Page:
The Care and Feeding of the Heart: Heaven and Hell… Is One Possible Without the Other?

downloadWelcome to the Training Table where you can depend on some spiritually-nourishing chow, carefully prepared, to help you run the Godly and good race! For what good is a good race, unless it’s a Godly race?

Today’s feast at The Training Table consists of a reprint of an article by Pastor, author, preacher, teacher, theologian John MacArthur entitled, “The Disappearance of Hell”.

What is Most Personal is Most Universal 

When I first started the journey of writing my book The Weeping the Window, the Way, my only intention was to record an exchange I had between God and myself the night that my father took his life, on Christmas night 2002.

The main goal God put on my heart to begin the book was to offer what I describe in the book as “God’s protocol for redemptive suffering” captured in the three parts of my exchange with God in, a) The weeping [freefalls and foundations], b) the window [purifying the heart], and c) the way [moving back into life’s chaos, redeemed to redeem].

But it wasn’t long after I started the project that I realized, in a very specific and poignant way, who the target audience for the book was: “Christians living in a culture of comfort.” Avoiding discomfort of any kind…

It became mind-bendingly obvious to me that the church—as the steward of God’s plan of redeeming a horribly broken and pain-filled world—had become so worldly that, like the world, the people of God had a abject aversion to most everything UN-comfortable.

At the same time—via my organizational effectiveness consultancy to churches—I saw again and again how “the messy” was swept under the rug most of the time. Sure, I had “been there, done that” with most of my secular business clients for 20 years, but the church was supposed to be different. Right?

The implications of this respectfully yet passionately submitted observation became more and more real to me as I began to look at my own personal aversion to all things spiritually, emotionally, psychologically, and physically discomforting. It became more and more obvious that my most personal fears, my own known and unknown avoidance of discomfort, and my inability to speak in to the chaos of this broken world because of my desire to avoid conflict, cover the shame, and side-step any further wounding of any kind… Was the most universal problem of all.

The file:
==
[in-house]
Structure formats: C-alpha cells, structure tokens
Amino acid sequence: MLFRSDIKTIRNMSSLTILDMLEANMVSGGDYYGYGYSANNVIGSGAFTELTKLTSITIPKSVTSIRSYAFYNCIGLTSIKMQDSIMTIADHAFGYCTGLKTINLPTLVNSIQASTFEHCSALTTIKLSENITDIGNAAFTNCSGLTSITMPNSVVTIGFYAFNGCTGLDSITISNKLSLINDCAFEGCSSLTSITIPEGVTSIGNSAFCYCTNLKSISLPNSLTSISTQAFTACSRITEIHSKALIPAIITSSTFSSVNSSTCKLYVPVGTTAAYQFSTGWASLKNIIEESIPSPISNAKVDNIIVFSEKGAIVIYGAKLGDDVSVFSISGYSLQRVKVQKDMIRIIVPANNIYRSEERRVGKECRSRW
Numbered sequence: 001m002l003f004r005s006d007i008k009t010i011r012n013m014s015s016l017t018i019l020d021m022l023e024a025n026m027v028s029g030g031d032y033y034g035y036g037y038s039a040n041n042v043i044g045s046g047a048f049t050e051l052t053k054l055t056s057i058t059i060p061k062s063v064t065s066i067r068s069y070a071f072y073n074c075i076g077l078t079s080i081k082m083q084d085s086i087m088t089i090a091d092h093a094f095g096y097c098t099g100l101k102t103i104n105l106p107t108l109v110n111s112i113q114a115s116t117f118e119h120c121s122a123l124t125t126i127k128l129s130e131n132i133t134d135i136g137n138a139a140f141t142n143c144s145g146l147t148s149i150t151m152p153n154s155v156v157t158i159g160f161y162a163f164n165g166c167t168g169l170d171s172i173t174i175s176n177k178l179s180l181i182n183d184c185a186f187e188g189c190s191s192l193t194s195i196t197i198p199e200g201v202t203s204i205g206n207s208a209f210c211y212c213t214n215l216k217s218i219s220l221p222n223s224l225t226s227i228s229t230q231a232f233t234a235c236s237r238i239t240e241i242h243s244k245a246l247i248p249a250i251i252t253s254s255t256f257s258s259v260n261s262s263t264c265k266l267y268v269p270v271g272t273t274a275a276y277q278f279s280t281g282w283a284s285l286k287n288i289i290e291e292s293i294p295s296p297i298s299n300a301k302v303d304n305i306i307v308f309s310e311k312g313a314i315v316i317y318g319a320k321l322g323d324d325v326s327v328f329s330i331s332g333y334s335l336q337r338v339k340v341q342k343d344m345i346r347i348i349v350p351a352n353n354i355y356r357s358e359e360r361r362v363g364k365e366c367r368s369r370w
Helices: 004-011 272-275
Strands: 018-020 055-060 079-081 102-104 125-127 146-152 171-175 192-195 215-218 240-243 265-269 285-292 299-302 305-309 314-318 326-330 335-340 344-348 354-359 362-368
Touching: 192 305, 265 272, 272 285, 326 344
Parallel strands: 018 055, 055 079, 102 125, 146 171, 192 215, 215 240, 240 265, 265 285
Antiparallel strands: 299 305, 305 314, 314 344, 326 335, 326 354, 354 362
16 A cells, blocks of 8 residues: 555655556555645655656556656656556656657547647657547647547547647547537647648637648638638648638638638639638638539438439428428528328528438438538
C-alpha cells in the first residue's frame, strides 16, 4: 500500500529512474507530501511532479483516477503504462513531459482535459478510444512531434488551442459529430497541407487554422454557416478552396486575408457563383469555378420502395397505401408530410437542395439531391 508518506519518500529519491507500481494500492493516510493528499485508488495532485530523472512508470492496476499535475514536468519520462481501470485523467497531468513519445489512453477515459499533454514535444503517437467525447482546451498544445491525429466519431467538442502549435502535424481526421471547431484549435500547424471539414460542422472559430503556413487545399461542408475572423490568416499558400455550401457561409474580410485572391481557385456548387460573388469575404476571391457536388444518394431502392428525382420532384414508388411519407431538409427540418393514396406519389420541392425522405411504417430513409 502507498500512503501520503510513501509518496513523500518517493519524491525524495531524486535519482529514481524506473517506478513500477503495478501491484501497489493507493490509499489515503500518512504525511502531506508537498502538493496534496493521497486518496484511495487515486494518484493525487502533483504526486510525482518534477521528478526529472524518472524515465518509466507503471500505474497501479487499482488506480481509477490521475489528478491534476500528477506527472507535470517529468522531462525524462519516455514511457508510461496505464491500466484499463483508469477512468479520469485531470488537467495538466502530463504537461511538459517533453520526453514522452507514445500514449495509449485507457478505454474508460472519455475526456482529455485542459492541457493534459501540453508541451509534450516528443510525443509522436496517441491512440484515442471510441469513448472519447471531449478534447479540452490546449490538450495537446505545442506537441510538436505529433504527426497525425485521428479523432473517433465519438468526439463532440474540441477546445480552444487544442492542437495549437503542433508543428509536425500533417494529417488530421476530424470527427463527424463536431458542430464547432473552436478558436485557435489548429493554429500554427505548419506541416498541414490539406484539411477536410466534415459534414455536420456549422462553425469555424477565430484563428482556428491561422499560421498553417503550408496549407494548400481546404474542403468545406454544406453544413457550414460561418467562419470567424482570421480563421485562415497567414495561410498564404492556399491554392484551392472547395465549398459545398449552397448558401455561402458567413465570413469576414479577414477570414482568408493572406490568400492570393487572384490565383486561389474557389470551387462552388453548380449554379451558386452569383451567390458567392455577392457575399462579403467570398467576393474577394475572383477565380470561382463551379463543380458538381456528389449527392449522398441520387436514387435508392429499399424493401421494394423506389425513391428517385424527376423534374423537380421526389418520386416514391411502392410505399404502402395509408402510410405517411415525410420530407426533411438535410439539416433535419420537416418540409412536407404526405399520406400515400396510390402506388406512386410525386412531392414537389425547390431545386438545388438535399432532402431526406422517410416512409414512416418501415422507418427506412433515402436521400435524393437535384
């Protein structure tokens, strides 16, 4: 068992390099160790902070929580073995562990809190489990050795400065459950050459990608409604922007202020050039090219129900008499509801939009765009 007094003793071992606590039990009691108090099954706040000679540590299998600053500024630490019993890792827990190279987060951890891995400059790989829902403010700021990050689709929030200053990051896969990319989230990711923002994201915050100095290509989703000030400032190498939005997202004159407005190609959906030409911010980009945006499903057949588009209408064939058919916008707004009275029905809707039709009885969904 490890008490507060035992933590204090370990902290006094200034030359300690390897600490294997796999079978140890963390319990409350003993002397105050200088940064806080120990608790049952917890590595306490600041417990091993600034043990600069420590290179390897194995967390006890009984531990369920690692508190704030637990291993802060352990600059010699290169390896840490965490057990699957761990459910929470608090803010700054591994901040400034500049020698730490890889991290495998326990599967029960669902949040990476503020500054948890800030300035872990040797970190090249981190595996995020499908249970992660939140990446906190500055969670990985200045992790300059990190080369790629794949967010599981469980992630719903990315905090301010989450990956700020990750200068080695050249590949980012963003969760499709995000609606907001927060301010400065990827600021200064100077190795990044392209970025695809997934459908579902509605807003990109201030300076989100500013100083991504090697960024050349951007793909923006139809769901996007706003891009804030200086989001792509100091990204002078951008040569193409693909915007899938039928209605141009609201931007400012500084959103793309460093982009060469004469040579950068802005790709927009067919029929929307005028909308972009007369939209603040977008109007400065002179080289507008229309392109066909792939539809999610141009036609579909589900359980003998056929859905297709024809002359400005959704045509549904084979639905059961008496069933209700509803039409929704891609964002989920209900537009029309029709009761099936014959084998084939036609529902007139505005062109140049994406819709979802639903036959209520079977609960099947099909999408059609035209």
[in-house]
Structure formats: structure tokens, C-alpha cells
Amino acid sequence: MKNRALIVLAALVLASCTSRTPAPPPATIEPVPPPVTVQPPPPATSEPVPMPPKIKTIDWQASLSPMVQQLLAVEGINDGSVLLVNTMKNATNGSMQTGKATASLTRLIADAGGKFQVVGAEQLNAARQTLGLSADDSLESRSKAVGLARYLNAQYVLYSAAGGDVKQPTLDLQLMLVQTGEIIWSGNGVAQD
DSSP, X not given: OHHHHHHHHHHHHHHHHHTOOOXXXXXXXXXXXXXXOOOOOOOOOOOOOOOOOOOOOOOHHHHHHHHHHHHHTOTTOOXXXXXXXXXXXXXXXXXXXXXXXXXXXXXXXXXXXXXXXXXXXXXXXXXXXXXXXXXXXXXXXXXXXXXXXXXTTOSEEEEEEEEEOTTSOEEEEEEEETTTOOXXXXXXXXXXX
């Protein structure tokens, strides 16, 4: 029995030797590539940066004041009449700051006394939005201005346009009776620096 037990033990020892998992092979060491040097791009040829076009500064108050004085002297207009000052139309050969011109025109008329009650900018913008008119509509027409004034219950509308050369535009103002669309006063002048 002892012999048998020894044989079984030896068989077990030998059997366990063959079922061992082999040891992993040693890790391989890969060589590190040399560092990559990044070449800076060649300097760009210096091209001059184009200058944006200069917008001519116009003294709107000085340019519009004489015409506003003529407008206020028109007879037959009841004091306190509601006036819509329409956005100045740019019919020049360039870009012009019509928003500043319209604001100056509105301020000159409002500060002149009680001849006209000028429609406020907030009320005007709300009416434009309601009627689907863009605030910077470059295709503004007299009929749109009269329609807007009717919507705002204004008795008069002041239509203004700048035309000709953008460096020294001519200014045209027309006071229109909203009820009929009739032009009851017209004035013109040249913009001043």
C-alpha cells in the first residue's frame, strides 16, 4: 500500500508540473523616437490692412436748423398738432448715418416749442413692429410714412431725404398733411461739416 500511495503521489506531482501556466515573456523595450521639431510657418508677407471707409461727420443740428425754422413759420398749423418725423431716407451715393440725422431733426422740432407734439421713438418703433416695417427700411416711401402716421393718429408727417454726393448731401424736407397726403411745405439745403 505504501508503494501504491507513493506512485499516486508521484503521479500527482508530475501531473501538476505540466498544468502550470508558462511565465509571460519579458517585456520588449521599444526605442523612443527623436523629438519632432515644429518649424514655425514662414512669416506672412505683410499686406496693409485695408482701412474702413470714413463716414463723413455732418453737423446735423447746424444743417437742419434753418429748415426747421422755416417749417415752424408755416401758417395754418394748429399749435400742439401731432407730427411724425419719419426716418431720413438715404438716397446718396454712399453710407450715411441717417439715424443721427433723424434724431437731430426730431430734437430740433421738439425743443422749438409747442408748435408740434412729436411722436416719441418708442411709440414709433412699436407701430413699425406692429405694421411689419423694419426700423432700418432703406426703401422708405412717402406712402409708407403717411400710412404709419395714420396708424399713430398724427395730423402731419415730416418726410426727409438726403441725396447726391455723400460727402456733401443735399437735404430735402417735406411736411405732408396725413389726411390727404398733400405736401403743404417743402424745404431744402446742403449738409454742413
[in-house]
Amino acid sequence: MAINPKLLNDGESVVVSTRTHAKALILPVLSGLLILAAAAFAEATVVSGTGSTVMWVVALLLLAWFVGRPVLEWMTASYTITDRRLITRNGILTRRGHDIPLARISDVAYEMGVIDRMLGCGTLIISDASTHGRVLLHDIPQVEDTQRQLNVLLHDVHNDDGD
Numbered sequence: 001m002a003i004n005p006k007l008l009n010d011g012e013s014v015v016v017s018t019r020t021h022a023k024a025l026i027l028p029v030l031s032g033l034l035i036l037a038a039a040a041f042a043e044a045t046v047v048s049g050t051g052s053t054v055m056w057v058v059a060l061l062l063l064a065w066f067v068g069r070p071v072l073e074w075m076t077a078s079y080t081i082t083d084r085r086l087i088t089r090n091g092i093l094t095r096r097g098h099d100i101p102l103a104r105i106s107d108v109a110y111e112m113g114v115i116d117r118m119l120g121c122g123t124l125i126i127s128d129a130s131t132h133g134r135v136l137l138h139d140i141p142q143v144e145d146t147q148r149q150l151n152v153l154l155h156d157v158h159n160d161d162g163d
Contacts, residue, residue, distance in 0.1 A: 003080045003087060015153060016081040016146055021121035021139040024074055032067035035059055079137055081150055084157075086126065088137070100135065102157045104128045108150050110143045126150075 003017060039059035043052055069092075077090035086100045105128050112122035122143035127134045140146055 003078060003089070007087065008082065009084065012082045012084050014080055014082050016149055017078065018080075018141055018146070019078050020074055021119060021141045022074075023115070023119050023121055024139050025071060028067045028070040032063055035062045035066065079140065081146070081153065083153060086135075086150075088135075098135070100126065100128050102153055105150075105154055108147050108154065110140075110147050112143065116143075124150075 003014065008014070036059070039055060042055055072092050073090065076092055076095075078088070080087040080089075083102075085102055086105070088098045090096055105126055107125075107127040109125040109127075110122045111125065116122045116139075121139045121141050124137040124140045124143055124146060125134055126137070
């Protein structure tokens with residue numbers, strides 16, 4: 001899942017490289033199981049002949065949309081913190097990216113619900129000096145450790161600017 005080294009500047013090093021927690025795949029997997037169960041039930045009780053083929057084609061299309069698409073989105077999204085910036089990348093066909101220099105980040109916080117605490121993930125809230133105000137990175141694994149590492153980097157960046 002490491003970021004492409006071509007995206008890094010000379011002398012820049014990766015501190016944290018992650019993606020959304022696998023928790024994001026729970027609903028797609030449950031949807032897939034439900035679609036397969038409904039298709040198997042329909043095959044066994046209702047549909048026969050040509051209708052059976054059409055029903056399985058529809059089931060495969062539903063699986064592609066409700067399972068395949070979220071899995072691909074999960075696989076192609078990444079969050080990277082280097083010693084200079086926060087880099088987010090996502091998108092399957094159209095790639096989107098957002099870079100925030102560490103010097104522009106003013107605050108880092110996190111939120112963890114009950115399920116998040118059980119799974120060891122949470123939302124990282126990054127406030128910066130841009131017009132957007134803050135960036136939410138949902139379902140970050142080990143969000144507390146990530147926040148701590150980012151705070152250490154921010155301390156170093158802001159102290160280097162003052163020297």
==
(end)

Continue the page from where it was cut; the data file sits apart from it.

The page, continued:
This preface brings me to the menu of our feast of the heart at the training table today: HELL.

There, I said it. HELL. HELL. HELL. Are we all on the same page yet? Please take a deep breath and let’s move on…

This is the most essential start of any open, honest, and the most loving way to begin any conversation about things that are uncomfortable for us to talk about:

Get it out on the table; get it out in the light; get it out from under all of the known and unknown ways that we so adamantly insist on avoiding reality and uncomfortable circumstances; get it out from the place that is owned by this fallen world, the desires of our sinful nature, and the devil’s strategy to keep things hidden from us—while using them so damned*… effectively to defeat us!

This is about one of the main responsibilities we have as spiritually born-again, once-blind-but-now-we-can-see Christians: Making the invisible visible. And until this happens the [wholly inevitable and largely invisible] spiritual warfare we are in the fight for our lives in will prevail against us!

The apparent disappearance—or “invisibility”—of HELL is deadly, my friends in Christ Jesus.

*Satan is damned; misery loves company; and he wants more than anything for us to join him… damned in hell—while on earth as separated from Jesus Christ, lost, lonely, and latched to things that cannot satisfy us; and while in eternity reserved for those who deny the person of God—and don’t realize it until it’s too late that the doors of hell are locked form the inside.

Please consider this topic as stated so well by John MacArthur below. Please consider that the avoidance of anything UN-comfortable should be treated as carefully as a decision a heart surgeon might make: The sword wielded by The Spirit heals; the cuts of a murderous Satan of hell… kills.

The Disappearance of Hell, by John MacArthur

“According to recent polls, some 81 percent of adult Americans believe in heaven, and fully 80 percent expect to go there when they die. By comparison, about 61 percent believe in hell, but less than 1 percent think it’s likely they will go there. In other words, a slight majority of Americans still believe hell exists, but genuine fear of hell is almost nonexistent.

Even the most conservative evangelicals don’t seem to take hell very seriously anymore. For decades, many evangelicals have downplayed inconvenient biblical truths, neglecting any theme that seems to require somber reflection. Doctrines such as human depravity, divine wrath, the exceeding sinfulness of sin, and the reality of eternal judgment have disappeared from the evangelical message.